Background & aims: Recent reports suggest that after bone marrow transplantation into rodents and humans, hematopoietic stem cells migrate into the liver and give rise to oval cells, hepatocytes, and biliary epithelial cells. We investigated this hypothesis further in the human liver using the hematopoietic markers c-kit and CD34.
Methods: Immunofluorescence confocal microscopy was performed using cytokeratin 19 (CK-19; biliary cell marker) with either c-kit or CD34. Immunomagnetic separation was then used to select c-kit- or CD34-positive cells. After attachment, cells were cultured for up to 7 days, and their growth and phenotypic characteristics were examined.
Results: In cirrhotic tissue, c-kit- or CD34-positive cells were located in the portal tracts surrounding bile ducts. Occasionally c-kit- (but not CD34-) positive cells that coexpressed CK-19 were observed integrated into bile ducts. In vitro, immunoisolated c-kit or CD34 cells gave rise to colonies of at least 2 morphologies expressing CK-19 or CD31 (endothelial cell marker). CD34- or c-kit-positive cells with similar properties were also isolated from normal liver.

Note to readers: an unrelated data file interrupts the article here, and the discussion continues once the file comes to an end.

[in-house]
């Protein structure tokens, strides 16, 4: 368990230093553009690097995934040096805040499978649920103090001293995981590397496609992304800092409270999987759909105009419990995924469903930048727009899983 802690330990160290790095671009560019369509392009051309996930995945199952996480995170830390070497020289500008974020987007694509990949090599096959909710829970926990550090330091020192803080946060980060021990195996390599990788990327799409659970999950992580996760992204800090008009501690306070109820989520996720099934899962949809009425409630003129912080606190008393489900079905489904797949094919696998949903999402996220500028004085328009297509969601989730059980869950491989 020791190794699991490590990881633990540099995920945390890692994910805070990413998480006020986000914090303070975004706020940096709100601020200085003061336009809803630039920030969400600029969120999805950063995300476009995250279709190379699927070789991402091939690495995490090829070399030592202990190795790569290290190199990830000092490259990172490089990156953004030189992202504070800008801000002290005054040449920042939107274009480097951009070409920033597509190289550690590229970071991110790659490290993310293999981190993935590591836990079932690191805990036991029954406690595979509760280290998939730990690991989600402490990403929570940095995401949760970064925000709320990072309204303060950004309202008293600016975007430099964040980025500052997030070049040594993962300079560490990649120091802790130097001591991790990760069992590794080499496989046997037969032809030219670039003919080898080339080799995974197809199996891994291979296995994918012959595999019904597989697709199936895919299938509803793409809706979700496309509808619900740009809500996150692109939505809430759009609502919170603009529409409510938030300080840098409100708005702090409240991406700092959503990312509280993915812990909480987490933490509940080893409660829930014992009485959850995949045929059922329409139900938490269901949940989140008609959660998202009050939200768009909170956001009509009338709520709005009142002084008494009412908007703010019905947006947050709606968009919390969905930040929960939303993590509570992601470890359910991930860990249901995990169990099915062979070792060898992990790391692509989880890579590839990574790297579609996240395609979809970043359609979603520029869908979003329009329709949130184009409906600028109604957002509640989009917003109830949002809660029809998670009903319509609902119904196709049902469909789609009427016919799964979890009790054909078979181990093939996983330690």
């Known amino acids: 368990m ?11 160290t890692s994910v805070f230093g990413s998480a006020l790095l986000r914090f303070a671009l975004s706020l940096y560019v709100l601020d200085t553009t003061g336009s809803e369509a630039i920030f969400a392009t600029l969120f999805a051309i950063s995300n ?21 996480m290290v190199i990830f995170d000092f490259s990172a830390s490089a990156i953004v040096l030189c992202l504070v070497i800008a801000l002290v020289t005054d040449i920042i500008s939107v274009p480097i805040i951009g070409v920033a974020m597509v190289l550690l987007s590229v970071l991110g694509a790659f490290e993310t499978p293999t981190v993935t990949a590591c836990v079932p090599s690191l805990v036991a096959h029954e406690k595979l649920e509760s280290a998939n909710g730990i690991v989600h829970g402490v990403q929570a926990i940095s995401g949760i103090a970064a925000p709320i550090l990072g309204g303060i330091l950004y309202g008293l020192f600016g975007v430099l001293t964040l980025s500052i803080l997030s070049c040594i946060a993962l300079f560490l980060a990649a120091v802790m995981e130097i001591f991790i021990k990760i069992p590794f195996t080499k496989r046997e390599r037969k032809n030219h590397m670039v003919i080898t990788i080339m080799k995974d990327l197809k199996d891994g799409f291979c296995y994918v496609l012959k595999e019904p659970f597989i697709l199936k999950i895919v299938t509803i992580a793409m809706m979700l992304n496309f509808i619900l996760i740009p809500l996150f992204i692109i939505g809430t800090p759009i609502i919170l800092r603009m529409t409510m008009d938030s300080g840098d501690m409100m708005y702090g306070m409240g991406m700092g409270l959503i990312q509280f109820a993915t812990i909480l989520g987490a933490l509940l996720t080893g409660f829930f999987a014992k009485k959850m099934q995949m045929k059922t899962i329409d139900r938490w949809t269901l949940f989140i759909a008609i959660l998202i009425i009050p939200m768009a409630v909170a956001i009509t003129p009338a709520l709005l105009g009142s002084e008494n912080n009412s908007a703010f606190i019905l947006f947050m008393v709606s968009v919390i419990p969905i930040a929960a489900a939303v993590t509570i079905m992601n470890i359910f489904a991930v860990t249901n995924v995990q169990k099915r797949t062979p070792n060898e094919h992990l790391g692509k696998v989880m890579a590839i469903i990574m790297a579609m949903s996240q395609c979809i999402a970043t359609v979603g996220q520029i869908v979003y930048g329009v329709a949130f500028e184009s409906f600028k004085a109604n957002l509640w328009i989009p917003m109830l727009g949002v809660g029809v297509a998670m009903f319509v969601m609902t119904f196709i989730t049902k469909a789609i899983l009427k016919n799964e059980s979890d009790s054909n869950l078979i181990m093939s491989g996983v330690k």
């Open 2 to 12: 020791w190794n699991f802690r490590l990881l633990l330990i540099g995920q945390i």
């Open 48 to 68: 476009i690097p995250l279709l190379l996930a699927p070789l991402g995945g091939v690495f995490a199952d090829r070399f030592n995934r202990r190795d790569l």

Conclusions: These findings indicate that cells present in human liver that express the markers c-kit or CD34 have the capacity to differentiate into biliary epithelial cell lineage and may therefore represent human biliary epithelial progenitor cells.